Ampofo, Edward Akwasi
The use of numerical groundwater model to improve effectiveness of subsurface drainage system in irrigated field.
University of Southampton, School of Civil Education and the Environment,
The research demonstrates that Three-Dimensional Variable-Density Groundwater Flow
models such as the SEAWAT model can be effectively used for design of subsurface
drainage systems for controlling salt concentration in the root zone on salt affected
irrigated land. The SEAWAT model was used to optimize subsurface drainage design to
ensure that the salt concentration of the groundwater at the base of the root zone does not
exceed pre determined levels instead of the conventional approach of maintaining the
groundwater at a predetermined water table level. The study was carried out on a
conceptual uniform homogenous block of irrigated flat field of shallow water table depth
of 0.5 m and salt concentration of 7200 mg/l with impermeable layer at 20 m deep and
impermeable field boundaries. Using the model, spacings were designed to be used as
design criteria for subsurface drainage system to maintain salt concentrations of 6000,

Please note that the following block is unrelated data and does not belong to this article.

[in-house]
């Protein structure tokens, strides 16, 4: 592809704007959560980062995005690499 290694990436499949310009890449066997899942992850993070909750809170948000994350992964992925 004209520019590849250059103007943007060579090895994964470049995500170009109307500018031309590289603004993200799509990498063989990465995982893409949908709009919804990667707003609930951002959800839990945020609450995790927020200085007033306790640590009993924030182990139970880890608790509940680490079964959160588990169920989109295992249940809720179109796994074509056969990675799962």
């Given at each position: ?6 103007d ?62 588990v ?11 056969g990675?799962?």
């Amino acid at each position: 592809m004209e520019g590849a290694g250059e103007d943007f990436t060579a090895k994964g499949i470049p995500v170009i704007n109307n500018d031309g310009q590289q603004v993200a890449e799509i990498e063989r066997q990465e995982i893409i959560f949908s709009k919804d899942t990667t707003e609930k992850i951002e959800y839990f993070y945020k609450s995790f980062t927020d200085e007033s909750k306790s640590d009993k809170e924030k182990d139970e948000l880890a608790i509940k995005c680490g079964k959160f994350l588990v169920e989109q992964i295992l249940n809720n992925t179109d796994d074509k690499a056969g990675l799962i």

5000 and 4000 mg/l at the base of the root zone and water table depth of 0.8 m from the
soil surface. The results showed that over a wide range of irrigation water quality and
aquifer hydraulic conductivity the optimum drain spacing using SEAWAT was,
depending on irrigation water quality and aquifer hydraulic conductivity, wider by
between 3 and 50 % and the amount of drain discharge reduced by 1 and 27 % than
would be recommended using conventional design equations.
It was concluded that Three-Dimensional Variable-Density Groundwater Flow
models are better for designing effective drainage systems than Conventional drain
spacing design equations such as Hooghoudt.
Actions (login required)